Next weekend we will celebrate the first Sunday in August; a reminder that summer is winding down, at least in terms of vacation for anyone who is school age. Very soon, school will resume, students will return to classrooms and formal education processes resume. For some Seniors, those retired, when school resumes, they become excited about trips to visit family and friends or just get away for rest and relaxation.
At the same time, we don’t take a holiday from being disciples, followers of Christ, people who believe in the power of our baptism. Over the centuries what made a difference in the lives of the faithful besides the sacraments and Eucharist? What moved men and women to become saints, people who were on fire with the Holy Spirit and the Gospel message?
Sherry Weddell in her collaborative book “Becoming a Parish of Intentional Disciples” makes these points. Saints like Vincent de Paul, Francis de Sales, Barbe Acarie and Henry Michael Buch were ordinary people who did extraordinary things, organizing people to come closer to Christ. Whether housewives or shoemakers, ordinary people heard the call of Christ and followed Him. These men and women were intentional disciples together in the middle of his church. They realized they had a mission; people from all walks of life expressed their gifts and charisms to bring the Gospel to all those willing to hear. These men and women were willing to collaborate on a grand scale, learning and sharing ideas from one another. They were present and future oriented, realizing the church has a rich tradition, but applied this tradition to their unique needs and circumstances. Their apostolic creativity was infectious, catalysts for many new faith communities, religious communities, outreaches and spiritual resources. These men and women expected God to act, that the Holy Spirit was going to work through them when they allowed the Spirit to work. They were deeply prayerful, continuing to discover God in new ways through their prayer. And they were faithful even unto, in some cases, a martyr’s death.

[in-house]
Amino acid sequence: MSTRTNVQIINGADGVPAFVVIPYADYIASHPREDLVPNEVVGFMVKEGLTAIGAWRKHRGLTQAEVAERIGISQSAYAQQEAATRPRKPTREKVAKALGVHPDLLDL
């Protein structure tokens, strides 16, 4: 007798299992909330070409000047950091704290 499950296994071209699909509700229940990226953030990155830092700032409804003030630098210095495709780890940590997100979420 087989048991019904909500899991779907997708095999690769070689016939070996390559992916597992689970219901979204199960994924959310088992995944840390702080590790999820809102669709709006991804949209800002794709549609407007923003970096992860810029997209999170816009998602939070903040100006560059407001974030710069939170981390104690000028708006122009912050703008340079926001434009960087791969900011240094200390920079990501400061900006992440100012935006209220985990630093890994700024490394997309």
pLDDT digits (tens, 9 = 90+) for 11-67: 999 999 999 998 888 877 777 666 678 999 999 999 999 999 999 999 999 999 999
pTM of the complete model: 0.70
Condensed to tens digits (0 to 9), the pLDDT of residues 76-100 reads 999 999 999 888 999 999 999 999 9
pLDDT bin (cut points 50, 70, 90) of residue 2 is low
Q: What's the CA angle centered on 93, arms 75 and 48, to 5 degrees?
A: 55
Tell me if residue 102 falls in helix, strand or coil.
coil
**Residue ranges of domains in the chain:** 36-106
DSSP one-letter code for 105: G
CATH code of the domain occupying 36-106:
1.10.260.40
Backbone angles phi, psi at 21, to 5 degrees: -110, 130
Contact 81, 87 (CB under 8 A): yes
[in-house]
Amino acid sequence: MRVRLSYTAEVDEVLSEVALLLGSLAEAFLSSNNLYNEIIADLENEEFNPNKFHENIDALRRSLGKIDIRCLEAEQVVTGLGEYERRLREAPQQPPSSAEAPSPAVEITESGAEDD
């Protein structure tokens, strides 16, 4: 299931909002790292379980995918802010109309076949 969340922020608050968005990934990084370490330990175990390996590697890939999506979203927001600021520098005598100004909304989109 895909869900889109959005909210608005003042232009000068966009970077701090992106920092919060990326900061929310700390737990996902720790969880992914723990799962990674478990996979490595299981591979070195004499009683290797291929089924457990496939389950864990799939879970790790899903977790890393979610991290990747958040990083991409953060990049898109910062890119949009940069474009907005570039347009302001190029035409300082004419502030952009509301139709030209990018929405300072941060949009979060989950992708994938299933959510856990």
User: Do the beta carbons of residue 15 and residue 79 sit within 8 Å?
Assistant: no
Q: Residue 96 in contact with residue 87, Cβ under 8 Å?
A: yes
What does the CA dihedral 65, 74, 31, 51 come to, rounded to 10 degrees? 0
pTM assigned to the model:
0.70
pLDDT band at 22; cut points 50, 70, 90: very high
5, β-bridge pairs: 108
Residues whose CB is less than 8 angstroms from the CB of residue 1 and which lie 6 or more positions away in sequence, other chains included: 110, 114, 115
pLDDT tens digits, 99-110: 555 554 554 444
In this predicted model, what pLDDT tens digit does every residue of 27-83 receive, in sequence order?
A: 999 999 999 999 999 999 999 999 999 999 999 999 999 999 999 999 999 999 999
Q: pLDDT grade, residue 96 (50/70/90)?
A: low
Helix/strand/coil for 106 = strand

Jesus gave the apostles and disciples signs, the multiplication of the loaves and fish, but more than that “He is the bread of life.” He desires to give us imperishable food, food that will last, food that will not only sustain us for the journey, but bring us closer to Him and to one another in faith. We continue to ponder the words of John’s Gospel, chapter six, The Bread of Life Discourse.
Let us journey with Christ!
Father Larry Hendel